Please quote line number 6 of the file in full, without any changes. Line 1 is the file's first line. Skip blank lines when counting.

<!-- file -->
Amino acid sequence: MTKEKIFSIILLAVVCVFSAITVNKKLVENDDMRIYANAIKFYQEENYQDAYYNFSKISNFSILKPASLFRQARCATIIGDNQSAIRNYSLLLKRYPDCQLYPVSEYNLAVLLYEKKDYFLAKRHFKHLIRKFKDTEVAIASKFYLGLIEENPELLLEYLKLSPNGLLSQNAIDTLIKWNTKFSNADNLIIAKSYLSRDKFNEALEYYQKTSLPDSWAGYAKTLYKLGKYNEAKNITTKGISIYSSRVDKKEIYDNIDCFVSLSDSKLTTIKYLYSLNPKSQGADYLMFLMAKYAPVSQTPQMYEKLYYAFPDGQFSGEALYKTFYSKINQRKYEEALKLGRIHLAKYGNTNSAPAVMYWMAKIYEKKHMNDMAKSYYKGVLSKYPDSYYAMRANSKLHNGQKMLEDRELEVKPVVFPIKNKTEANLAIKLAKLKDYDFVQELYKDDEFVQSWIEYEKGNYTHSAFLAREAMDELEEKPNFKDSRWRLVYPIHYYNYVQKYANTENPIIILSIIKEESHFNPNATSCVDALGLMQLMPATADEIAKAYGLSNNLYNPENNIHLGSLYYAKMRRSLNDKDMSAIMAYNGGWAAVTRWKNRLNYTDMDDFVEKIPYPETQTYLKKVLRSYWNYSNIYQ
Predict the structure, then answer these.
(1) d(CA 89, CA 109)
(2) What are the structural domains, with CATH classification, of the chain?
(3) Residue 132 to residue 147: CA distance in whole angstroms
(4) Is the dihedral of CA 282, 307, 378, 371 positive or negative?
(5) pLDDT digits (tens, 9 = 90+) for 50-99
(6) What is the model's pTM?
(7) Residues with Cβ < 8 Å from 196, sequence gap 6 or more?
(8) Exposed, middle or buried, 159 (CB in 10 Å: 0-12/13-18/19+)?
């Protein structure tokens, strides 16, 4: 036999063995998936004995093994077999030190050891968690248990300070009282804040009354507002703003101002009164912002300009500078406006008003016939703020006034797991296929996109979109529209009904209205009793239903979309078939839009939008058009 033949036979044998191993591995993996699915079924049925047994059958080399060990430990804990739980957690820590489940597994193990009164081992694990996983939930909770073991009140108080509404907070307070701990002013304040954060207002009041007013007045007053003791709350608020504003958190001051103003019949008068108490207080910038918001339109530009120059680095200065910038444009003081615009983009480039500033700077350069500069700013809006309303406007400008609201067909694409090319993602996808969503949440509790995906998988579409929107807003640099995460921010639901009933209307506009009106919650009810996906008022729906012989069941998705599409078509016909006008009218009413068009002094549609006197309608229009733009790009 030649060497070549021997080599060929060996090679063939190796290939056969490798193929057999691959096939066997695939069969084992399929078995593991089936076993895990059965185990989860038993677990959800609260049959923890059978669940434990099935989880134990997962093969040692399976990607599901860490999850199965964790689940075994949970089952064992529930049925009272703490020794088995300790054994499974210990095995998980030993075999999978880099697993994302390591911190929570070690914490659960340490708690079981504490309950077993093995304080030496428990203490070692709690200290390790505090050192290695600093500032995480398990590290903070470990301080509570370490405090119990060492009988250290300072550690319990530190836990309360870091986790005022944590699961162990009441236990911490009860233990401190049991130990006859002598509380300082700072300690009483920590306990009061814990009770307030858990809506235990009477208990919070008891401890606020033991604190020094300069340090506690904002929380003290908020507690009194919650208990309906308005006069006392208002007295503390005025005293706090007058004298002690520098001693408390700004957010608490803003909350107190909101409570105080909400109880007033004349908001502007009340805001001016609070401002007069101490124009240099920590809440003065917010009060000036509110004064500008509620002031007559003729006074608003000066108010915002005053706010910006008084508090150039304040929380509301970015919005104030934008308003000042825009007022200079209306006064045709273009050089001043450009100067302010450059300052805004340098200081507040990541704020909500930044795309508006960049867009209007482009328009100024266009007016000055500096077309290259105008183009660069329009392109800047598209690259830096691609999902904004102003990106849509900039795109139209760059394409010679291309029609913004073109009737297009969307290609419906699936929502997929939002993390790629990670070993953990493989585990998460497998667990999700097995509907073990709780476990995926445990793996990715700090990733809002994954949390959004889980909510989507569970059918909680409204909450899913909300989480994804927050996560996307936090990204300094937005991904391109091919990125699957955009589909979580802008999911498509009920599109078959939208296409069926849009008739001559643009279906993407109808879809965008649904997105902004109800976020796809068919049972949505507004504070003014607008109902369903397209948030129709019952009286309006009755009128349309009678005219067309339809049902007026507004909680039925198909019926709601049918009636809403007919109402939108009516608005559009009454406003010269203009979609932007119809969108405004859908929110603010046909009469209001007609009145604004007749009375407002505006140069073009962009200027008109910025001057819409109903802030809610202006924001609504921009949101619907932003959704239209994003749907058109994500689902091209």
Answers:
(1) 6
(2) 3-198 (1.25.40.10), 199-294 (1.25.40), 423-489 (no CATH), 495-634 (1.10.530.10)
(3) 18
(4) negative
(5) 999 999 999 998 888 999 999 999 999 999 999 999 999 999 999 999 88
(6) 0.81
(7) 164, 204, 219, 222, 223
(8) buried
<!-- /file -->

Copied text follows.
(4) Is the dihedral of CA 282, 307, 378, 371 positive or negative?